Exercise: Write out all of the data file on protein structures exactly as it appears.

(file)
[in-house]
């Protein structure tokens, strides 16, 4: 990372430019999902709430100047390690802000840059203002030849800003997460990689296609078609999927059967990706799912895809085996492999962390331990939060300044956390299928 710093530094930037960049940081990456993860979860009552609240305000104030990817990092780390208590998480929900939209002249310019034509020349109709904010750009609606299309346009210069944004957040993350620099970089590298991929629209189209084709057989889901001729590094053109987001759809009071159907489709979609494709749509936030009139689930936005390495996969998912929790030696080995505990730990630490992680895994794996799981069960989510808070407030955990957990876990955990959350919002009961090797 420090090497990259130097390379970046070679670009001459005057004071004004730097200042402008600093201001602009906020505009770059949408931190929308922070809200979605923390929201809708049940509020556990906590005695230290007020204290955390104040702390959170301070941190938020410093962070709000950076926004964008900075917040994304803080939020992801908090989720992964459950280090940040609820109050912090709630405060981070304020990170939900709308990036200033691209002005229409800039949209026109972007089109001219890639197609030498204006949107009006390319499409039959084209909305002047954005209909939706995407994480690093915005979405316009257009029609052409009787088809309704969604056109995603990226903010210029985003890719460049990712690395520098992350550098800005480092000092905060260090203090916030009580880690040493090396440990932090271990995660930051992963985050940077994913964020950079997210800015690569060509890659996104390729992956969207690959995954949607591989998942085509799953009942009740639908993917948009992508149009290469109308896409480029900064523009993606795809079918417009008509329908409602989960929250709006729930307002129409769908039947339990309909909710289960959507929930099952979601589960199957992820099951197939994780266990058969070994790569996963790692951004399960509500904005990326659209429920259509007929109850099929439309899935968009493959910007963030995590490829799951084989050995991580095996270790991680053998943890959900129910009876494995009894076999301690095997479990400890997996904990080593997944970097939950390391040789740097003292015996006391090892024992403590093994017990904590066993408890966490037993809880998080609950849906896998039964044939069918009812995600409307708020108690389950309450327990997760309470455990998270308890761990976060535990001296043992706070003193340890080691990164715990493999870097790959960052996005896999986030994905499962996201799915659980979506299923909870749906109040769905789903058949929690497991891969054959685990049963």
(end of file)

[in-house]
């Protein structure tokens, strides 16, 4: 990372430019999902709430100047390690802000840059203002030849800003997460990689296609078609999927059967990706799912895809085996492999962390331990939060300044956390299928 710093530094930037960049940081990456993860979860009552609240305000104030990817990092780390208590998480929900939209002249310019034509020349109709904010750009609606299309346009210069944004957040993350620099970089590298991929629209189209084709057989889901001729590094053109987001759809009071159907489709979609494709749509936030009139689930936005390495996969998912929790030696080995505990730990630490992680895994794996799981069960989510808070407030955990957990876990955990959350919002009961090797 420090090497990259130097390379970046070679670009001459005057004071004004730097200042402008600093201001602009906020505009770059949408931190929308922070809200979605923390929201809708049940509020556990906590005695230290007020204290955390104040702390959170301070941190938020410093962070709000950076926004964008900075917040994304803080939020992801908090989720992964459950280090940040609820109050912090709630405060981070304020990170939900709308990036200033691209002005229409800039949209026109972007089109001219890639197609030498204006949107009006390319499409039959084209909305002047954005209909939706995407994480690093915005979405316009257009029609052409009787088809309704969604056109995603990226903010210029985003890719460049990712690395520098992350550098800005480092000092905060260090203090916030009580880690040493090396440990932090271990995660930051992963985050940077994913964020950079997210800015690569060509890659996104390729992956969207690959995954949607591989998942085509799953009942009740639908993917948009992508149009290469109308896409480029900064523009993606795809079918417009008509329908409602989960929250709006729930307002129409769908039947339990309909909710289960959507929930099952979601589960199957992820099951197939994780266990058969070994790569996963790692951004399960509500904005990326659209429920259509007929109850099929439309899935968009493959910007963030995590490829799951084989050995991580095996270790991680053998943890959900129910009876494995009894076999301690095997479990400890997996904990080593997944970097939950390391040789740097003292015996006391090892024992403590093994017990904590066993408890966490037993809880998080609950849906896998039964044939069918009812995600409307708020108690389950309450327990997760309470455990998270308890761990976060535990001296043992706070003193340890080691990164715990493999870097790959960052996005896999986030994905499962996201799915659980979506299923909870749906109040769905789903058949929690497991891969054959685990049963």